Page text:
Islanders keep their cool despite twin threat from storm and volcano
Evacuation dilemma for Montserrat authorities
Sunday 27 August 1995
All tourists have gone and the 10,000 residents are now all living north of a "safe line" through the centre of the island, but the approaching storm is rattling nerves and in some cases causing panic. Several hundred evacuees have been moved to churches, schools and other people's homes after tents erected by Royal Marine commandos were swept away in the storm's preliminary winds.
"Once there's a high wind, some people will panic," Mr Meade said yesterday. The dilemmas for his government and British governor Frank Savage were whether to evacuate the entire population to the safety of nearby Antigua and how long the island could maintain emergency status with the capital, Plymouth, and half the island abandoned.
"We do not wish to take individuals to Antigua and then find they're in a worse situation," the Chief Minister said, referring to the approaching storm.
"We could then be liable. If we take people from here to Antigua, they may miss the volcano but end up being endangered by a hurricane."
Mr Meade declined to quantify the current threat of an eruption by the 3,000ft Chance's Peak which dominates the island. "The scientists would prefer not to use percentages, but there is still a relatively high probability of it blowing," he said. He estimated that hot lava would gush from the crater at a speed of around 36 miles an hour.
"Since 1902, no one has died in the Caribbean from a volcano," he said. Maybe so, but there is a lingering collective trauma in the Caribbean over what happened that year. The Mont Pele volcano in Martinique killed 30,000 people, virtually the entire population of the island. According to the history books, only one prisoner, in solitary confinement in a dungeon, lived to tell the tale.
"The probability of dying from volcanic activity in Montserrat is significantly less than getting shot in New York City," Mr Meade insisted amid gloom- and-doom questioning from foreign reporters.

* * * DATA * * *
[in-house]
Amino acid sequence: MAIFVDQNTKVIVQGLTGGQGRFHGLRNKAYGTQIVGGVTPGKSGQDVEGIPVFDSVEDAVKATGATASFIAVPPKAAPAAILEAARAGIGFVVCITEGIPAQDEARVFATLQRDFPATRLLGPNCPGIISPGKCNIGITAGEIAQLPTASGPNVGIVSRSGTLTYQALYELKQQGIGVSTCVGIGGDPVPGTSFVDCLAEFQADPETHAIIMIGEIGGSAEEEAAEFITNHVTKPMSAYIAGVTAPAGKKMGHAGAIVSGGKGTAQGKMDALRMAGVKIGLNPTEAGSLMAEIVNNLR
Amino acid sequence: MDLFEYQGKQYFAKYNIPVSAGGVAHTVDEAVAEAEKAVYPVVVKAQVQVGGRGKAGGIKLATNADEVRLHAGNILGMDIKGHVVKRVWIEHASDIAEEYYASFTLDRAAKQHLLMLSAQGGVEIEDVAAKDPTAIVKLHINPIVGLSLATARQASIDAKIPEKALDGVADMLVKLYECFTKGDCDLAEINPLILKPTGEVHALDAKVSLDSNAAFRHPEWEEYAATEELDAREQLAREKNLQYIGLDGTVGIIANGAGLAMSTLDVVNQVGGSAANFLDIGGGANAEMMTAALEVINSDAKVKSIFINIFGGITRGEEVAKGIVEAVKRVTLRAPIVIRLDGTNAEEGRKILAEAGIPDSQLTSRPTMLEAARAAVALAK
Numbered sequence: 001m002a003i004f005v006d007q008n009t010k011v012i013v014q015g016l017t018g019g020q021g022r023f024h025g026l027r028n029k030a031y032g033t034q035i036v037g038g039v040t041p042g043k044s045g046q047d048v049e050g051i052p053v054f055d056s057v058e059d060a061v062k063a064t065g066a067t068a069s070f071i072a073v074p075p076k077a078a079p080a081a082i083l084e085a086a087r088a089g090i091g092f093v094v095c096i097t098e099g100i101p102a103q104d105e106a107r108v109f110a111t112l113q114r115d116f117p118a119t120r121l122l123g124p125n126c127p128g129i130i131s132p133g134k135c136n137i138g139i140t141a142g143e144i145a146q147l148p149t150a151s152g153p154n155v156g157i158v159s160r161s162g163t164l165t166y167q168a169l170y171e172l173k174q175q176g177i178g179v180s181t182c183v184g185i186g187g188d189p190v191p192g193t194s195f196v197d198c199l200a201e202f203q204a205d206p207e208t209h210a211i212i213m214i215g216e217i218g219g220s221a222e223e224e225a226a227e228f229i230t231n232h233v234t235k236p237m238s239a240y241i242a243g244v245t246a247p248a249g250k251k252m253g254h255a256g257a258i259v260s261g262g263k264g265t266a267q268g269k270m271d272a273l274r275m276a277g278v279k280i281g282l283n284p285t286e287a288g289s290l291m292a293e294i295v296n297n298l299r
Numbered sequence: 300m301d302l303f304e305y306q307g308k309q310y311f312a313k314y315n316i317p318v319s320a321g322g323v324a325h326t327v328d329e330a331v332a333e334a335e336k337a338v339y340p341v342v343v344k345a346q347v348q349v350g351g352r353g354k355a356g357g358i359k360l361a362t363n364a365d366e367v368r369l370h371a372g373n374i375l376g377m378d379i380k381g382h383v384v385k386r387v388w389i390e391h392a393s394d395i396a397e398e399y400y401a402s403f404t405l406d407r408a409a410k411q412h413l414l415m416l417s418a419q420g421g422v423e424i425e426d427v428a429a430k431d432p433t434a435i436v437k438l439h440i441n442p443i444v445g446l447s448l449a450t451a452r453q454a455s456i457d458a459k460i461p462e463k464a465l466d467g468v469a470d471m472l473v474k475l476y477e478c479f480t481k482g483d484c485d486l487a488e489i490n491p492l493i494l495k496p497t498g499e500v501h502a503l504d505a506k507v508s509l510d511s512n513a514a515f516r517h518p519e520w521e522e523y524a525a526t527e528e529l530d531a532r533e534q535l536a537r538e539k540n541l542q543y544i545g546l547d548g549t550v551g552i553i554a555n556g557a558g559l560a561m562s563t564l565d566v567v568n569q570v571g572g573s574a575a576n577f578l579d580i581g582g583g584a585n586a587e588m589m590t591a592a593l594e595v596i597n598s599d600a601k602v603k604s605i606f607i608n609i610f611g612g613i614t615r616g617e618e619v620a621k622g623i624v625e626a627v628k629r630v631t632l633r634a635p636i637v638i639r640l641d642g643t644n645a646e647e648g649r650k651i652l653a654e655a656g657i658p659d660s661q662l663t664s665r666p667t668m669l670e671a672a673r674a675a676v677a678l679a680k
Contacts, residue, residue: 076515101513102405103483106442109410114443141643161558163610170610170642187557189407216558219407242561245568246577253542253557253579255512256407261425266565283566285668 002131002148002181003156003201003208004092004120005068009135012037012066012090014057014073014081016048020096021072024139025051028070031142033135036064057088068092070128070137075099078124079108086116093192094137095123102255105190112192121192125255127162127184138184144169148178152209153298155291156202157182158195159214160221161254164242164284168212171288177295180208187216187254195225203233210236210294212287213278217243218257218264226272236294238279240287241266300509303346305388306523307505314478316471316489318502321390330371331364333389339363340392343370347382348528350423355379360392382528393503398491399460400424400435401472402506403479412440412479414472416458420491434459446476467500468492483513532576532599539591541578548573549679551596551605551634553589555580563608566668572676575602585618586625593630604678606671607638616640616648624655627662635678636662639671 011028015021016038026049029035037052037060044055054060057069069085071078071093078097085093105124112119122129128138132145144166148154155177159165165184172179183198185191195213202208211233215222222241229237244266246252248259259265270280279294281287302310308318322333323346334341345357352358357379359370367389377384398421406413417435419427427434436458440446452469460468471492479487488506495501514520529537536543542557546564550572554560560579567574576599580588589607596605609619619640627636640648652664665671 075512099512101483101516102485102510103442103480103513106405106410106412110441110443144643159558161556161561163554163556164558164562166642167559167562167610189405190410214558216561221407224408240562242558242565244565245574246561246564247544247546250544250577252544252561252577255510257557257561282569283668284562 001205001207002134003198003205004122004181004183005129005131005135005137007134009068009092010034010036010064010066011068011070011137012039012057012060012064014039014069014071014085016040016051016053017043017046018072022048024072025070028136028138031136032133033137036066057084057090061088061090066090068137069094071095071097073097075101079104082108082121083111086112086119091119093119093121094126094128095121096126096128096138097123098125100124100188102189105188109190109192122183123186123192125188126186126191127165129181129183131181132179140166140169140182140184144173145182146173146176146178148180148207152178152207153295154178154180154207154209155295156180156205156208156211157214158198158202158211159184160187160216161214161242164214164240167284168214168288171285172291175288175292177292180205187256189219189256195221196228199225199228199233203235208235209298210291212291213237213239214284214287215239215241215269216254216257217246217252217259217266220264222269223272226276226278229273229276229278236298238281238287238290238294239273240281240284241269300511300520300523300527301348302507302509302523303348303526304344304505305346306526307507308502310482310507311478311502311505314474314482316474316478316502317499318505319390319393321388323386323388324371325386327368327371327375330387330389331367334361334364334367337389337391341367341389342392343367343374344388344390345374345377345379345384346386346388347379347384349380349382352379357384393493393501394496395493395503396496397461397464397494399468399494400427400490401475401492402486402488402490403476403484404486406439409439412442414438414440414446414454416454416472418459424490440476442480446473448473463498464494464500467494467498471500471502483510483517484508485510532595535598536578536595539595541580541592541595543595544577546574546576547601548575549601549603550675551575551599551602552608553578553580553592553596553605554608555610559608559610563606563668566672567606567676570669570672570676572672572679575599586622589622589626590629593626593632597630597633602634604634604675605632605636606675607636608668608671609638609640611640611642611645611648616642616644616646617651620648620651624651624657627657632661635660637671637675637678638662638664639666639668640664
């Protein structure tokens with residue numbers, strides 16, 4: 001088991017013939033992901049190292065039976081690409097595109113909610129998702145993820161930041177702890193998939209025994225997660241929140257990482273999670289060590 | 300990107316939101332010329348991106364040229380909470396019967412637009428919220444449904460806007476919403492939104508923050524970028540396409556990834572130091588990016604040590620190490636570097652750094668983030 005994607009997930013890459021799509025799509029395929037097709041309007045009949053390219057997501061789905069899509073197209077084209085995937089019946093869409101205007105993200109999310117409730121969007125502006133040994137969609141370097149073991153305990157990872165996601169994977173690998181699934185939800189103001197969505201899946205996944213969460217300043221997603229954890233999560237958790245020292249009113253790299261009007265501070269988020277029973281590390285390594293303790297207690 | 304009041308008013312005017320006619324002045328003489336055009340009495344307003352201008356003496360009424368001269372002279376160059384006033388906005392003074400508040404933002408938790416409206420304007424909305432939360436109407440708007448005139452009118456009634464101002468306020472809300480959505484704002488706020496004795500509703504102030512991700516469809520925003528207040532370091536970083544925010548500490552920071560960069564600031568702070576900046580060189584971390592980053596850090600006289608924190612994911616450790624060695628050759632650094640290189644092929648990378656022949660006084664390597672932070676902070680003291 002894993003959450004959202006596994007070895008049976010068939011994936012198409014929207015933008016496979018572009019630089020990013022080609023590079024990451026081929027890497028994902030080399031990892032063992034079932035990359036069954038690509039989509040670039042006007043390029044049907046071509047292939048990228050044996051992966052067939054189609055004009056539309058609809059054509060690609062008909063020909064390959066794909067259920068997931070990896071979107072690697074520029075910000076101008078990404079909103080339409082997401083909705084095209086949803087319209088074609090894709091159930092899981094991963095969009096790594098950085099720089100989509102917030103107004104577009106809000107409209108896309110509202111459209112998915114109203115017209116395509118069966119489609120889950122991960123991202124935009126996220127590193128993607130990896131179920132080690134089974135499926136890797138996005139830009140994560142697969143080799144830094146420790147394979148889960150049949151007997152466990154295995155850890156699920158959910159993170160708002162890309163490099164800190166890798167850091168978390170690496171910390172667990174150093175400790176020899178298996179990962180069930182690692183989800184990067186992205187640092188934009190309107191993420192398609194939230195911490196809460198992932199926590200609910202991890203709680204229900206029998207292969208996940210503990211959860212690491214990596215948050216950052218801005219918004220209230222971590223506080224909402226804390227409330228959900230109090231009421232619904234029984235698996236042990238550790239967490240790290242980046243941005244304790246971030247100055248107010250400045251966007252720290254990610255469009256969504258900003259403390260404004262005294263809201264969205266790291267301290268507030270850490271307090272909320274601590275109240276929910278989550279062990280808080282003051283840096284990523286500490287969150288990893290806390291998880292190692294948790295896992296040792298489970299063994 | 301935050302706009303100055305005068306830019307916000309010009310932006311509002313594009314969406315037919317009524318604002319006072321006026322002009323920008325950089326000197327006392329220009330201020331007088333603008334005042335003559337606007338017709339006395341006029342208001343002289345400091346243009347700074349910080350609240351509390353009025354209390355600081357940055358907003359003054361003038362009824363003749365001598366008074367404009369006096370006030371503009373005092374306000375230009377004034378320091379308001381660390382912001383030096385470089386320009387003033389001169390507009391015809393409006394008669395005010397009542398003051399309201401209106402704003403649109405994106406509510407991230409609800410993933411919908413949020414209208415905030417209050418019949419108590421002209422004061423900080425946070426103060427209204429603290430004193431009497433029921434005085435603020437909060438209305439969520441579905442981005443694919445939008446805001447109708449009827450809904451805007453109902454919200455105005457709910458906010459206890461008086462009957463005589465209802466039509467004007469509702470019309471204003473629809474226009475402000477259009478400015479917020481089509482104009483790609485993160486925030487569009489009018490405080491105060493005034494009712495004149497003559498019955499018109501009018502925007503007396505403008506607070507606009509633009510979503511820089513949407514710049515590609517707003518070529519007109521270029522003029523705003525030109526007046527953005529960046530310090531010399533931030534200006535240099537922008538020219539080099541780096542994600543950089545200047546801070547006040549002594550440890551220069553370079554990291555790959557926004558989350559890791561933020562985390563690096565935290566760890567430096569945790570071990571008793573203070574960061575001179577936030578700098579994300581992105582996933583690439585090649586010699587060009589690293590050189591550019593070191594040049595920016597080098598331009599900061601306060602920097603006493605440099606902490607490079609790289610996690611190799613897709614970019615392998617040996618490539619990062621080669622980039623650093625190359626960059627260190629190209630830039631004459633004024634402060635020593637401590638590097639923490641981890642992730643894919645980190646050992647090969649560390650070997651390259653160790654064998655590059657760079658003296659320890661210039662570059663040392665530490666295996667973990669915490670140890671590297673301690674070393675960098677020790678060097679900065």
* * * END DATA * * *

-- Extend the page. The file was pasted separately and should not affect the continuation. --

Even though north of the "safe line", Montserratians - descendants of black slaves and Irish Catholics banished by Oliver Cromwell in the 17th century - were concerned for their homes, livestock, land or other property in the face of the twin threat. Hurricane Hugo, which devastated the island in 1989, destroyed 90 per cent of its buildings.
Among those was one of the world's best-known recording studios, owned by the Beatles' former producer George Martin, a longtime visitor and part-time resident of Montserrat. The red-tiled roof was ripped from the hillside studio where the Rolling Stones and other top bands used to record. Martin recorded an album featuring stars such as Sting and Paul McCartney to raise money for the hurricane's victims. "Mick Jagger just hated it here because nobody took any notice of him," said local hotelier Carol Osborne. "Whereas Sting just loved coming here because people would just say `good morning' and walk on."
Thanks to Cromwell's banishment of Irish Catholic "rogues, vagrants and sturdy beggars" to Montserrat after his victory at Drogheda in 1649, Irish surnames and place names are common here. There's a village called St Patrick's, districts called Galway's and Sweeney's, and surnames such as Farrell, O'Brien and Riley are common. As elsewhere, black slaves tended to take the names of their masters after emancipation.
As part of the traditional masquerade dances, there is an Irish-style heel-and-toe routine. The national dish, goat stew, is said to have developed from the Irish stew.
At yesterday's briefing, Mr Meade was bombarded with questions as to the extent of the threat from both the volcano and the storm. Refusing to rise to the bait of one British reporter who suggested his island was "cursed", the Chief Minister delivered the perfect dignified put-down.
"You can look at it the other way round," said Mr Meade, "that we're very blessed with our mountains and volcanoes. We don't see it as a curse. One of the things you'll find with Caribbean people is that we're very resilient. We are born to disaster. All of our ancestors came across from Africa choc-a-bloc like sardines. That has created some resilience among our population."
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